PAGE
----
In an unprecedented move on June 14, 2017, Michigan’s Attorney General, Bill Schuette, charged five state officials with involuntary manslaughter, alleging that each had failed to address the city of Flint’s contaminated water issue that they knew was connected to the poisoning deaths of 12 individuals. One of the charged officials, Michigan Department of Health and Human Services Director Nick Lyon did not issue any public warning of possibly tainted water until 2016 even though several cases of Legionnaires’ disease that appeared to be linked to the water issue had been reported throughout the previous two years.
Also charged with involuntary manslaughter were Howard Croft, former City of Flint Water Department Manager; Liane Skekter-Smith, Drinking Water Chief for the Michigan Department of Environmental Quality; Stephen Busch, Water Supervisor; and Darnell Earley, who was appointed to be Flint’s Emergency Manager by Michigan Governor Rick Snyder because of the city’s failure to meet its financial obligations. More than 10 other current and former state/local officials face criminal charges other than involuntary manslaughter, including Eden Wells, the Department’s Chief Medical Executive. Wells was charged with obstruction of justice and lying to a peace officer for allegedly misleading the investigators and attempting to prevent the investigation into the water crisis.
Although Governor Snyder was not charged, he continues to face stiff criticism from state residents for what caused Flint’s water crisis. In early 2014, Flint, at the direction of its former emergency manager Earley, switched its water supply from Detroit Water and Sewerage Department treated water to the Flint River in an effort to save money. In fact, a $200-a-day solution of anti-corrosion chemicals could have prevented the crisis, but officials failed to take that measure due to cost considerations. As Attorney General Schuette reports, the state focused entirely on “data, finances and costs, instead of placing the health, safety and welfare of citizens first.” Since the charges were announced, Governor Snyder has voiced strong support for Lyon and Wells, keeping both in their positions at the Department of Health and Human Services. Although Governor Snyder does not appear to face personal criminal exposure, the now 17-month long investigation remains ongoing, and Attorney General Schuette declined to comment whether more charges would be filed.
At the center of this involuntary manslaughter case is Robert Skidmore, an 85-year-old former auto industry worker who died after contracting Legionnaires’ disease. The prosecution has focused on Lyon first allegedly receiving notice of a deadly Legionnaires’ disease outbreak in January 2015, but choosing not to advise the public until one year later. Lyon is alleged to have “deliberately failed to inform the public of a deadly Legionnaires’ disease outbreak, which resulted in the death of Robert Skidmore” and “exhibited gross negligence” in failing to inform the public about the outbreak, even “taking steps to suppress information” relating to the water crisis. This failure to disclose is alleged to have led to the preventable deaths of several individuals, including Skidmore.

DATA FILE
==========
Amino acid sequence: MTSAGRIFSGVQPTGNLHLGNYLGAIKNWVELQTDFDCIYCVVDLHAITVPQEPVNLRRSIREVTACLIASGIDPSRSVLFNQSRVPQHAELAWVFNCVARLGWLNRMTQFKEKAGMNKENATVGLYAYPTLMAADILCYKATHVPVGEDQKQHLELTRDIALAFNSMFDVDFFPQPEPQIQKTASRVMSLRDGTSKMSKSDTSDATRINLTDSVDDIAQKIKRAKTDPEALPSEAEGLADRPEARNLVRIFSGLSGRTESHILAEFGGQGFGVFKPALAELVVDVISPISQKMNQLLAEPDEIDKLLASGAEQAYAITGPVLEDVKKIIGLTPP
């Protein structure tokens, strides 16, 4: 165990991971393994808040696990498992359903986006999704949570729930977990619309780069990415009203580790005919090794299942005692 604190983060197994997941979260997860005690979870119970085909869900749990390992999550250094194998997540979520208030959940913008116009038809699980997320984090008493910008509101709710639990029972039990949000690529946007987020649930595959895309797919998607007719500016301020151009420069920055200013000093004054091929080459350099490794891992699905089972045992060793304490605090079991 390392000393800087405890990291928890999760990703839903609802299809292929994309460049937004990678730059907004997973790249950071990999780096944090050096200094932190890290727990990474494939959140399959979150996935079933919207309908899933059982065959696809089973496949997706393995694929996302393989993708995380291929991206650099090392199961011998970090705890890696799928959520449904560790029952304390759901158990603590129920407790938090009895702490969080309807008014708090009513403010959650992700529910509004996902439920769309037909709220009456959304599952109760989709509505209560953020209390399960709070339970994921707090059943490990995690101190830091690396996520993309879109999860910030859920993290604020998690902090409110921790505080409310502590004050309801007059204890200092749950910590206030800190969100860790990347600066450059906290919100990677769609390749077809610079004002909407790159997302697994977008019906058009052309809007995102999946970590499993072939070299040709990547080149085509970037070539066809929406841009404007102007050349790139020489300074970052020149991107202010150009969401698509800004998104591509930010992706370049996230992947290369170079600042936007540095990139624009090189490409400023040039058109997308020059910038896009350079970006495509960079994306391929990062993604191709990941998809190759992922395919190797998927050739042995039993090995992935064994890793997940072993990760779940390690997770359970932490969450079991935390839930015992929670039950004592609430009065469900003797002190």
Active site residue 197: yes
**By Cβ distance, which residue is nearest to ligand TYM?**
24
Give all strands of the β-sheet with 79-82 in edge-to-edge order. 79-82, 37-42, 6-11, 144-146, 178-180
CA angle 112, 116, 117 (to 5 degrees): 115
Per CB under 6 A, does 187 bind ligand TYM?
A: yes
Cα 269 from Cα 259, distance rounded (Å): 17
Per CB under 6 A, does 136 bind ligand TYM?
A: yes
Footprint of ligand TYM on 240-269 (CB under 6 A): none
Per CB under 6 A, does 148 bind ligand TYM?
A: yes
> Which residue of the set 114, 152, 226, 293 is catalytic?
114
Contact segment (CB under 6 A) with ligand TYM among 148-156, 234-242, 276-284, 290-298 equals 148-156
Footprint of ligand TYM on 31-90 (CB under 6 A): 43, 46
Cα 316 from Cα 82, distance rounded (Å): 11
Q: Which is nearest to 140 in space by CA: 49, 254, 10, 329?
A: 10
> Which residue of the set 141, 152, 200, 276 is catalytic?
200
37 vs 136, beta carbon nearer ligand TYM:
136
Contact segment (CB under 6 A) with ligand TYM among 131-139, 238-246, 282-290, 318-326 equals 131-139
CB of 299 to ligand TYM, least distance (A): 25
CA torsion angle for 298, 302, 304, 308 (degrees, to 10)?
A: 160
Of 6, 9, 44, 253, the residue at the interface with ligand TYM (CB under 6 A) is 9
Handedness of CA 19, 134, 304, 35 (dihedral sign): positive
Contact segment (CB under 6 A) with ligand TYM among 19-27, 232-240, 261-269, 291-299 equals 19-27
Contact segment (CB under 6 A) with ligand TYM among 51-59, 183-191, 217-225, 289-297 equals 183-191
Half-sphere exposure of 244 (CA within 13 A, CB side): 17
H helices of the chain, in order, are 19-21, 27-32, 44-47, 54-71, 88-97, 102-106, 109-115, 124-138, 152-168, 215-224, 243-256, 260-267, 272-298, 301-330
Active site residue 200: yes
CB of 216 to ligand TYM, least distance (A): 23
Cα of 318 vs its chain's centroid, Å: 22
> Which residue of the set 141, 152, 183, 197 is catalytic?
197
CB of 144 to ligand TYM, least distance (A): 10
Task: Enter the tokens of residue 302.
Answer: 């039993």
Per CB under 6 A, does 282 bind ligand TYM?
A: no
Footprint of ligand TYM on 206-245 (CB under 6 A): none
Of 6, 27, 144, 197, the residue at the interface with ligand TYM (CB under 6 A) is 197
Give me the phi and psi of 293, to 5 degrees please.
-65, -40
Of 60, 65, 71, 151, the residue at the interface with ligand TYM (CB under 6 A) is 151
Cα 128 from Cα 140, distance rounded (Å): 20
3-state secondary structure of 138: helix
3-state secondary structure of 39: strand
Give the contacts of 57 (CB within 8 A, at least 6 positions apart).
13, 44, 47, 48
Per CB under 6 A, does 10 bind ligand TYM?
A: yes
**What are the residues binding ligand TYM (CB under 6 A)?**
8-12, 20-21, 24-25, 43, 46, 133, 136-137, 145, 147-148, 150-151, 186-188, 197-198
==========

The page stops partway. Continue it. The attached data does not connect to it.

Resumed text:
These new charges demonstrate a shift in the criminal investigation’s focus—looking not only at the lead contamination of the water but now at the deaths resulting from that contamination and placing the blame squarely on high-ranking government officials. This aggressive posture poses its own challenges; prosecutors may find it tough to establish a direct link between Flint’s water crisis and the deadly outbreak of Legionnaires’ disease upon which the criminal case rests. Regardless, even if the charged officials are able to successfully defend the involuntary manslaughter charges, their individual reputations, along with Michigan’s government at large, is in ruins.
The city and state’s responses to the Flint water crisis and ensuing public relations efforts were poorly executed. One of the key takeaways from this case is the importance of opening an investigation the moment an official learns of possible harm, danger, or criminal activity in their jurisdiction. This lesson extends from the government to the private sector, and is applicable as well to managers and executives at companies, providing a good example of how much emphasis regulators and law enforcement place on ensuring public safety. Delays in responding to harmful activity or disclosing information about it to potential victims can result in criminal exposure as much as causing the failure or gap would in the first place. Although there may be changes in or a lessening of environmental regulations under the new Trump administration, failures that result in public harm may still be subject to heightened scrutiny and prosecution. For example, even if the Environmental Protection Agency eliminated the federal Safe Drinking Water Act, state liability would still be in place. In this case, the relaxing of environmental protections by the EPA would likely not have had any impact since local officials were charged with violating the state of Michigan’s Safe Drinking Water Act. Finally, this case again illustrates the value of cooperating with a government investigation rather than obstructing it.